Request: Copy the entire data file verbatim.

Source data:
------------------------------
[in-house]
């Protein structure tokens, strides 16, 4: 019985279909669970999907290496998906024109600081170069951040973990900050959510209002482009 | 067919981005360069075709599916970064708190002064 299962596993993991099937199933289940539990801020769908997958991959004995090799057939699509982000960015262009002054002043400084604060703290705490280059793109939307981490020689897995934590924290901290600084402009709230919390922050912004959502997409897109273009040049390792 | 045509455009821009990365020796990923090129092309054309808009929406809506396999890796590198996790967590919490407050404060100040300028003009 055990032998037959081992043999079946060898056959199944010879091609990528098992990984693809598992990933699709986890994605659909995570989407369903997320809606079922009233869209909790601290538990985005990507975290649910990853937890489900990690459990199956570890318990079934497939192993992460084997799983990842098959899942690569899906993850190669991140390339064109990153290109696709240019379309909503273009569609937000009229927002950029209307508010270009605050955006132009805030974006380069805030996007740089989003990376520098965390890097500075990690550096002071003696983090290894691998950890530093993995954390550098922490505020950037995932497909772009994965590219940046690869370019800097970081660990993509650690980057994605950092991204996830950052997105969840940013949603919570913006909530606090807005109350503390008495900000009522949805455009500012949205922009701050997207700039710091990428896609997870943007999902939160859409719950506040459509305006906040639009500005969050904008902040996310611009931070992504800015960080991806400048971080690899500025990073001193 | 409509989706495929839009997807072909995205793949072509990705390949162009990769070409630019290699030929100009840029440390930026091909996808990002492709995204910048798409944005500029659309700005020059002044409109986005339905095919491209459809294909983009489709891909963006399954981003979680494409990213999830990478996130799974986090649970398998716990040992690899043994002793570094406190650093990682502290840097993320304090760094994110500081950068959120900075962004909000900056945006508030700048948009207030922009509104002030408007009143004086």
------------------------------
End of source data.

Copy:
[in-house]
């Protein structure tokens, strides 16, 4: 019985279909669970999907290496998906024109600081170069951040973990900050959510209002482009 | 067919981005360069075709599916970064708190002064 299962596993993991099937199933289940539990801020769908997958991959004995090799057939699509982000960015262009002054002043400084604060703290705490280059793109939307981490020689897995934590924290901290600084402009709230919390922050912004959502997409897109273009040049390792 | 045509455009821009990365020796990923090129092309054309808009929406809506396999890796590198996790967590919490407050404060100040300028003009 055990032998037959081992043999079946060898056959199944010879091609990528098992990984693809598992990933699709986890994605659909995570989407369903997320809606079922009233869209909790601290538990985005990507975290649910990853937890489900990690459990199956570890318990079934497939192993992460084997799983990842098959899942690569899906993850190669991140390339064109990153290109696709240019379309909503273009569609937000009229927002950029209307508010270009605050955006132009805030974006380069805030996007740089989003990376520098965390890097500075990690550096002071003696983090290894691998950890530093993995954390550098922490505020950037995932497909772009994965590219940046690869370019800097970081660990993509650690980057994605950092991204996830950052997105969840940013949603919570913006909530606090807005109350503390008495900000009522949805455009500012949205922009701050997207700039710091990428896609997870943007999902939160859409719950506040459509305006906040639009500005969050904008902040996310611009931070992504800015960080991806400048971080690899500025990073001193 | 409509989706495929839009997807072909995205793949072509990705390949162009990769070409630019290699030929100009840029440390930026091909996808990002492709995204910048798409944005500029659309700005020059002044409109986005339905095919491209459809294909983009489709891909963006399954981003979680494409990213999830990478996130799974986090649970398998716990040992690899043994002793570094406190650093990682502290840097993320304090760094994110500081950068959120900075962004909000900056945006508030700048948009207030922009509104002030408007009143004086």